Critics say transpacific trade deal would allow corporations to override environmental, labor laws
- Year: 2012
- Length: 5:13 minutes (4.77 MB)
- Format: MP3 Mono 44kHz 128Kbps (CBR)
In San Diego this week, world leaders are gathered for the latest round of trade talks on the Trans-Pacific Partnership. Critics call the multi-country free trade agreement “NAFTA on steroids,” and say it will allow corporations to override environmental, labor and consumer protection laws. Opponents also point out that the public has been denied access to the content of the negotiations. As the US seeks to enter into this binding international agreement, the government is tangled in two other recent trade disputes: one striking down country of origin labeling and another placing higher tariffs on American cars following the auto industry bailout. FSRN’s Alice Ollstein reports.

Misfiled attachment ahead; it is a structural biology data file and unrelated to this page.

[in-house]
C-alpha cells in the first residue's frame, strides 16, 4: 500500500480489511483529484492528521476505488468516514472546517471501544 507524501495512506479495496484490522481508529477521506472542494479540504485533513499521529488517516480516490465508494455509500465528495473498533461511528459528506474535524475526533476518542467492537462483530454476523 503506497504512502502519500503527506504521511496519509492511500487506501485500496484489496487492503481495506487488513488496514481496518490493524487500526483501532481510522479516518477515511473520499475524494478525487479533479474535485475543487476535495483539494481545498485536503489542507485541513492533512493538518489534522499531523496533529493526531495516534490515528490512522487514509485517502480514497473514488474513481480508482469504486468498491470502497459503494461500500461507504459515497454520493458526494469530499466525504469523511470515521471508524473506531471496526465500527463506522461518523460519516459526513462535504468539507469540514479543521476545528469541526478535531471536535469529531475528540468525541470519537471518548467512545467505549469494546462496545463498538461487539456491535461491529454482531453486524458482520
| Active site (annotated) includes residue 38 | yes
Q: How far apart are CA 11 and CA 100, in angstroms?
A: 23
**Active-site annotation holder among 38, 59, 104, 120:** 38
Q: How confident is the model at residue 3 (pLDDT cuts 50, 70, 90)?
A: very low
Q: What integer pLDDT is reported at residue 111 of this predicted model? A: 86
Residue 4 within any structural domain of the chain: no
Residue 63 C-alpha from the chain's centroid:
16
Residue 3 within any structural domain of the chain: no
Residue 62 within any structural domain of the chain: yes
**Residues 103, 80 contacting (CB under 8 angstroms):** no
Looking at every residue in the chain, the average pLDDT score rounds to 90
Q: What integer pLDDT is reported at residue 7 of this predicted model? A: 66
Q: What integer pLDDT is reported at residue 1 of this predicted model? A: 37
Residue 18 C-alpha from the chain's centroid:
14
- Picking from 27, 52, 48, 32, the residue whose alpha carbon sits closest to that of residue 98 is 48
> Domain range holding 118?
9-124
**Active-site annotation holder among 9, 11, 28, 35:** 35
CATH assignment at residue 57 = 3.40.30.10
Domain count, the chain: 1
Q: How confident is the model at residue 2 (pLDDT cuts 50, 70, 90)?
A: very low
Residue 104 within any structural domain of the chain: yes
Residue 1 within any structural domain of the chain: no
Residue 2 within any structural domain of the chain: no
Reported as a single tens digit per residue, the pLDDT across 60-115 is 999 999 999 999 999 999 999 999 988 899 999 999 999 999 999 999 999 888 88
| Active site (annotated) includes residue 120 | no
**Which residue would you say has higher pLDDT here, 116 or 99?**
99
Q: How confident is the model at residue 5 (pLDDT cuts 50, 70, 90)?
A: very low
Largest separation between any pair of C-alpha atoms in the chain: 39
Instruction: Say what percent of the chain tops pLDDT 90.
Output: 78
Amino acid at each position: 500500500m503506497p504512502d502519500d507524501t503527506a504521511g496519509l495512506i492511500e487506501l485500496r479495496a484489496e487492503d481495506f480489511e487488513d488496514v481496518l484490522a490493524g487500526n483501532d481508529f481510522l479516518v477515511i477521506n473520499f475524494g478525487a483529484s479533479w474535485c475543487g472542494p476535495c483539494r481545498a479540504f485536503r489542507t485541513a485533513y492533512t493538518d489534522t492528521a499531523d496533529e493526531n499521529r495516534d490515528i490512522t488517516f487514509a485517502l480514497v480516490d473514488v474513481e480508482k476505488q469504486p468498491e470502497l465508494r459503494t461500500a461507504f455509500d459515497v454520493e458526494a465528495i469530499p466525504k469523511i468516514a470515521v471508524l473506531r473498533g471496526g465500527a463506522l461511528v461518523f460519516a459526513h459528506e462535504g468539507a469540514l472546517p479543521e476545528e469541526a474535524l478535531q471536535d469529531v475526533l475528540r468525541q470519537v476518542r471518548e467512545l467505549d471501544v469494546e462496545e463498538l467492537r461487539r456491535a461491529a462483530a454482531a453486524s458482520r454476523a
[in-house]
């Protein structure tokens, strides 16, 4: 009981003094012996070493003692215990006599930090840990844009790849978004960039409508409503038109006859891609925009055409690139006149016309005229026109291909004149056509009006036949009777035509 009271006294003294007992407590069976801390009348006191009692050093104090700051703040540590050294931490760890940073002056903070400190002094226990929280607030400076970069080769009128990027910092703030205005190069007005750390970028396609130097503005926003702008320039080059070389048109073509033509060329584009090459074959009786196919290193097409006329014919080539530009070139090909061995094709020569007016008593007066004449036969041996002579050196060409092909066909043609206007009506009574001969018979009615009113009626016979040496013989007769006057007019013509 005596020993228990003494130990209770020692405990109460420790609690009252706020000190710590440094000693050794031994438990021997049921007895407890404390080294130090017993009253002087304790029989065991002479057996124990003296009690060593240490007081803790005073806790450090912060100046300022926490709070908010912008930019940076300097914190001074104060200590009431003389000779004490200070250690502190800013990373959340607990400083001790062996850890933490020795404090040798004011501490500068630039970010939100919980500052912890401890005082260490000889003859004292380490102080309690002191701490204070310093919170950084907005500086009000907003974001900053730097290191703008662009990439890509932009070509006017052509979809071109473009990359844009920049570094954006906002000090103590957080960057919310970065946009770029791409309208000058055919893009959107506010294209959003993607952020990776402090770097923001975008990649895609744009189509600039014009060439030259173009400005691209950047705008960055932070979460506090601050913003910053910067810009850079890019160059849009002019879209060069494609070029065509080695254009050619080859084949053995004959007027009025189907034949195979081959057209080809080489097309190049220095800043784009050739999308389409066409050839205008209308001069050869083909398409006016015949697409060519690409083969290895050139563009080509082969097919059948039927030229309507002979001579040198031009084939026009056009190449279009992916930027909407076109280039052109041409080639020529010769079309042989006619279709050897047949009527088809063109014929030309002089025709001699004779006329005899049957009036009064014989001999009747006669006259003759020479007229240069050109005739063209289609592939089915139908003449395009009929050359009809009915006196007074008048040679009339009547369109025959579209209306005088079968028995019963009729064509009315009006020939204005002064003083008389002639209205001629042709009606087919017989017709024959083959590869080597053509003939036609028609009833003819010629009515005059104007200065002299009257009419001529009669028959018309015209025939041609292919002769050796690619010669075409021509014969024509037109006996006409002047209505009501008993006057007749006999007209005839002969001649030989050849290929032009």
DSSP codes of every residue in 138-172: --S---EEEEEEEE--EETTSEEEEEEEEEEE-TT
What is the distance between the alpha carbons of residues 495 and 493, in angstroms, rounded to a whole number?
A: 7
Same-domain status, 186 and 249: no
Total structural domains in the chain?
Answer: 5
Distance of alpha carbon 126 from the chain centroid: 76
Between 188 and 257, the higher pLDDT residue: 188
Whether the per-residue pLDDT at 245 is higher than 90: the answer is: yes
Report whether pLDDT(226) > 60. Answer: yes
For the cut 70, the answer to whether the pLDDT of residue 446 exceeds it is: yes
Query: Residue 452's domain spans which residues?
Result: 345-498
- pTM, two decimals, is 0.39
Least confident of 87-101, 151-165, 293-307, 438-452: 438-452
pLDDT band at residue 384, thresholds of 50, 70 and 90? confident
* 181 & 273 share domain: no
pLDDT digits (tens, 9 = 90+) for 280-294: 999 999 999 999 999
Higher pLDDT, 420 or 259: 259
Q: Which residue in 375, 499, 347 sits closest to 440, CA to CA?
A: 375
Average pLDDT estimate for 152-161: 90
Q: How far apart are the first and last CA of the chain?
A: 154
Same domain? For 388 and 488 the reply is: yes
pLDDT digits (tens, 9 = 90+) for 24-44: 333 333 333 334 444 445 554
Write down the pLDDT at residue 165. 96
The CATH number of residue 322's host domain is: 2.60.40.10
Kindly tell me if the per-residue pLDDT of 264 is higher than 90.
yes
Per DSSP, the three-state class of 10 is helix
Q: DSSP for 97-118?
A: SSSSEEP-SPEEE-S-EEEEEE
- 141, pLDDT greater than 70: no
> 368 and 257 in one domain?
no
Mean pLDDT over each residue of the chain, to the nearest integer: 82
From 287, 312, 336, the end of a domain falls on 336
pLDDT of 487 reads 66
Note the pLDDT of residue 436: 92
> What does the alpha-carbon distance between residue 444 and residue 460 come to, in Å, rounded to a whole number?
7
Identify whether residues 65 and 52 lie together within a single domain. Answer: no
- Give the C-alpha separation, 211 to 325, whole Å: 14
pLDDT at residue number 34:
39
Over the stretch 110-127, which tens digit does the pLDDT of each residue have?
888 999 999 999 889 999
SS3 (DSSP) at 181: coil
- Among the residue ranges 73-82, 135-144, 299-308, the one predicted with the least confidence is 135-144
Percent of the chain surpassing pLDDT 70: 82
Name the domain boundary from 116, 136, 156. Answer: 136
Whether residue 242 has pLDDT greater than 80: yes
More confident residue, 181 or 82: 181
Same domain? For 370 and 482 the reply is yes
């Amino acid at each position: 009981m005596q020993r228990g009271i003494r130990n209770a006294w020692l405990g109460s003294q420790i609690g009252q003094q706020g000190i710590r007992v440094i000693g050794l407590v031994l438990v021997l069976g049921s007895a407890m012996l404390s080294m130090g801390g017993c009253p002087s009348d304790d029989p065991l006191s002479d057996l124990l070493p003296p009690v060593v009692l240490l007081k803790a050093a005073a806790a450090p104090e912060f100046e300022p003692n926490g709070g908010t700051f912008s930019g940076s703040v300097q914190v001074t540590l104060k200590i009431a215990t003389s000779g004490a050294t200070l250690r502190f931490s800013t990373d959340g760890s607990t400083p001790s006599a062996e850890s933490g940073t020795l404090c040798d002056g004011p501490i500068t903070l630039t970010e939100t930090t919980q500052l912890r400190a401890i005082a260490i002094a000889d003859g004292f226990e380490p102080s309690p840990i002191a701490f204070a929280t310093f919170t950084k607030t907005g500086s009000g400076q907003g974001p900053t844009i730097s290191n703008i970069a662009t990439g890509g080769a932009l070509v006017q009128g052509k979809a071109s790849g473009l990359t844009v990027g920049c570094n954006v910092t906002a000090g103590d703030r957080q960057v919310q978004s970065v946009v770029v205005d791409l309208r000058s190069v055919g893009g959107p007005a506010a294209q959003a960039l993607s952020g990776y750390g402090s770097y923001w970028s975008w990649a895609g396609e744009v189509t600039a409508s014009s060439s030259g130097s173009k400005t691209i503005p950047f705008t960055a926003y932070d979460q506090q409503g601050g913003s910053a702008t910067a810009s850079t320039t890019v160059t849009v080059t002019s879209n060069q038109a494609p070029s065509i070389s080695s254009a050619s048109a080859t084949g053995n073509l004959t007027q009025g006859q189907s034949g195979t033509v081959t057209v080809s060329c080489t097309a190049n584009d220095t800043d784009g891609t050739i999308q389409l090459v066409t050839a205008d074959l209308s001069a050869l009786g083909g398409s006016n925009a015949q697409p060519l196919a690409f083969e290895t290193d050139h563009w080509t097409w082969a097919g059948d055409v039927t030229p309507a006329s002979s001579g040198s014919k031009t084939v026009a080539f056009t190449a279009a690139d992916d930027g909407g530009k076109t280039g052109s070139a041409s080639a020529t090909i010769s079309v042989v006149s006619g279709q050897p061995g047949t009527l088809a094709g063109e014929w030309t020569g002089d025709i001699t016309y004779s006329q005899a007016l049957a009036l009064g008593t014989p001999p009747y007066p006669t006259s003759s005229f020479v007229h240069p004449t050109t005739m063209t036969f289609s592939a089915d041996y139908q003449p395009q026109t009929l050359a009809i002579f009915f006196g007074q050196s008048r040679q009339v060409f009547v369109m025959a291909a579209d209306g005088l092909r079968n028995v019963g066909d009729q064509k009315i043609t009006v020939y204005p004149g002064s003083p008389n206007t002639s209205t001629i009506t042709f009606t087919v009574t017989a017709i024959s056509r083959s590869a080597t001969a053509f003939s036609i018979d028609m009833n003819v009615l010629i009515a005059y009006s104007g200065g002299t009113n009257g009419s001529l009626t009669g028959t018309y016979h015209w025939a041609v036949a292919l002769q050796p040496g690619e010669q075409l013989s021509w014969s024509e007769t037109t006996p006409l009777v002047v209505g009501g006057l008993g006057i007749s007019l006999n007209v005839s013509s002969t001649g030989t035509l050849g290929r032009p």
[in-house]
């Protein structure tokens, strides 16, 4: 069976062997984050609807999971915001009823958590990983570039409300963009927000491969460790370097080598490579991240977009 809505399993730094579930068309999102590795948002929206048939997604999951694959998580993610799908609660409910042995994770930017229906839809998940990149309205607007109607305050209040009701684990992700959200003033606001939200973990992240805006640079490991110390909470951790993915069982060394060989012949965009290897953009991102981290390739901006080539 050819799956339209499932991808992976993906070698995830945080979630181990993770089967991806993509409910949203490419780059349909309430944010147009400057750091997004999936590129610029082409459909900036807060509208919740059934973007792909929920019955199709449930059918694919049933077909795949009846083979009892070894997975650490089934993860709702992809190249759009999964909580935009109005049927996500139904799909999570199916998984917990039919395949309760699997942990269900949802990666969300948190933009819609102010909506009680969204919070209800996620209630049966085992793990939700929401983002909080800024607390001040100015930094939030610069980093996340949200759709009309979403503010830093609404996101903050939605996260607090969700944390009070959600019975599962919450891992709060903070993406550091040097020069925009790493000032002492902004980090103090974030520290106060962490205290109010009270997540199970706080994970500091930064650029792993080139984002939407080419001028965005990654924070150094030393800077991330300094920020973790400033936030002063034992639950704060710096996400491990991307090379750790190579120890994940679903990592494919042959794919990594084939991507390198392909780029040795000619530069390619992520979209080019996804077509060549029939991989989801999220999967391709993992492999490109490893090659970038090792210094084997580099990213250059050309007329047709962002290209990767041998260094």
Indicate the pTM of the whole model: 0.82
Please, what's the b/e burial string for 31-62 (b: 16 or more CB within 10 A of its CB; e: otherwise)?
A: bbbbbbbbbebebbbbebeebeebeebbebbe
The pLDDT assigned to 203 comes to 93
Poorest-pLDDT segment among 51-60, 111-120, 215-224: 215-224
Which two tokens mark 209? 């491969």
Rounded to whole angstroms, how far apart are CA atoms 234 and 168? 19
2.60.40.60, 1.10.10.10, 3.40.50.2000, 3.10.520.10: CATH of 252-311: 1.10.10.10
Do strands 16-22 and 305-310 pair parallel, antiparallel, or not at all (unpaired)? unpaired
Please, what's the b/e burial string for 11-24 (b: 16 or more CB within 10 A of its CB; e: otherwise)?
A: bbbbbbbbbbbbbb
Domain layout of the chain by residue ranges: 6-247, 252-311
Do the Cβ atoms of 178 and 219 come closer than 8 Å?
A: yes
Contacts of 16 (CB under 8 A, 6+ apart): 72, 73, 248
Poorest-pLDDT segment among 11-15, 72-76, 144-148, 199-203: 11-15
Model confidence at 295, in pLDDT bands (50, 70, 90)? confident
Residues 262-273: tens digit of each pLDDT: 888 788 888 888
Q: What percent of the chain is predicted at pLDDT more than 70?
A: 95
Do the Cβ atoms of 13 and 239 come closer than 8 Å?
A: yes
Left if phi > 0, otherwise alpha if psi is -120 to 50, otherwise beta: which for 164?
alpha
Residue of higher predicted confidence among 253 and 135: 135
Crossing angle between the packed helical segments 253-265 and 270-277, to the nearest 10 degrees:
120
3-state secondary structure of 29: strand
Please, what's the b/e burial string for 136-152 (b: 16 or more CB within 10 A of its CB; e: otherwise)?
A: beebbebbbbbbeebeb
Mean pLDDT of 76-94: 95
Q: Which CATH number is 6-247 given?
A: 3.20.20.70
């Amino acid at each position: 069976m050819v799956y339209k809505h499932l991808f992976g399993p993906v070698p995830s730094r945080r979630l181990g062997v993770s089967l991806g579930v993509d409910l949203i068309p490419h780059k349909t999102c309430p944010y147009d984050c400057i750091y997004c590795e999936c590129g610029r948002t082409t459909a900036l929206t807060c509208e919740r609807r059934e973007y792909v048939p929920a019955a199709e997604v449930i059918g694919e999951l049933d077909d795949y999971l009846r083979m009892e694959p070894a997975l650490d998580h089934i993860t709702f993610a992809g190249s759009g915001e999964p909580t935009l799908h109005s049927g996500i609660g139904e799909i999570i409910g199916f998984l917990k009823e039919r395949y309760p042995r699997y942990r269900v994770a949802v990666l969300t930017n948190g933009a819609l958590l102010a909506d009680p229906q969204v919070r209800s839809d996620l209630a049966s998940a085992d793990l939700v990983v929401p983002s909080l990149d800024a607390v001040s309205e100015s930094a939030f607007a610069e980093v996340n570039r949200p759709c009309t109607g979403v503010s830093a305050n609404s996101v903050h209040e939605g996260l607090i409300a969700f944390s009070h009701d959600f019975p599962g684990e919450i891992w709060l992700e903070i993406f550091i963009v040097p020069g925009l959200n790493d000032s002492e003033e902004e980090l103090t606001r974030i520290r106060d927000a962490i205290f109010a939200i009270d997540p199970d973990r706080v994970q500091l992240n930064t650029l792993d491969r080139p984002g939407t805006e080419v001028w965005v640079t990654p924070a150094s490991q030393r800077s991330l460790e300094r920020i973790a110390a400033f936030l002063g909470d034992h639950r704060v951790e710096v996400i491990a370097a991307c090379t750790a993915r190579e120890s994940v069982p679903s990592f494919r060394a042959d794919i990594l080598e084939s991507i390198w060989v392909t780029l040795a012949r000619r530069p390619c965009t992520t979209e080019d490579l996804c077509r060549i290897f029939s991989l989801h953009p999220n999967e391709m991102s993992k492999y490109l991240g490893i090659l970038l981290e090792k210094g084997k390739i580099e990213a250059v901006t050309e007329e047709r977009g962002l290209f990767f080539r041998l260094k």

Clarification: The reference to “corporate lobbyists” in this story referred to corporate leaders and executives lobbying on behalf of their companies, not federally registered lobbyists under USC 1601. According to the Office of the US Trade Representative, the Obama Administration banned registered lobbyists from the federal advisory committees in 2009.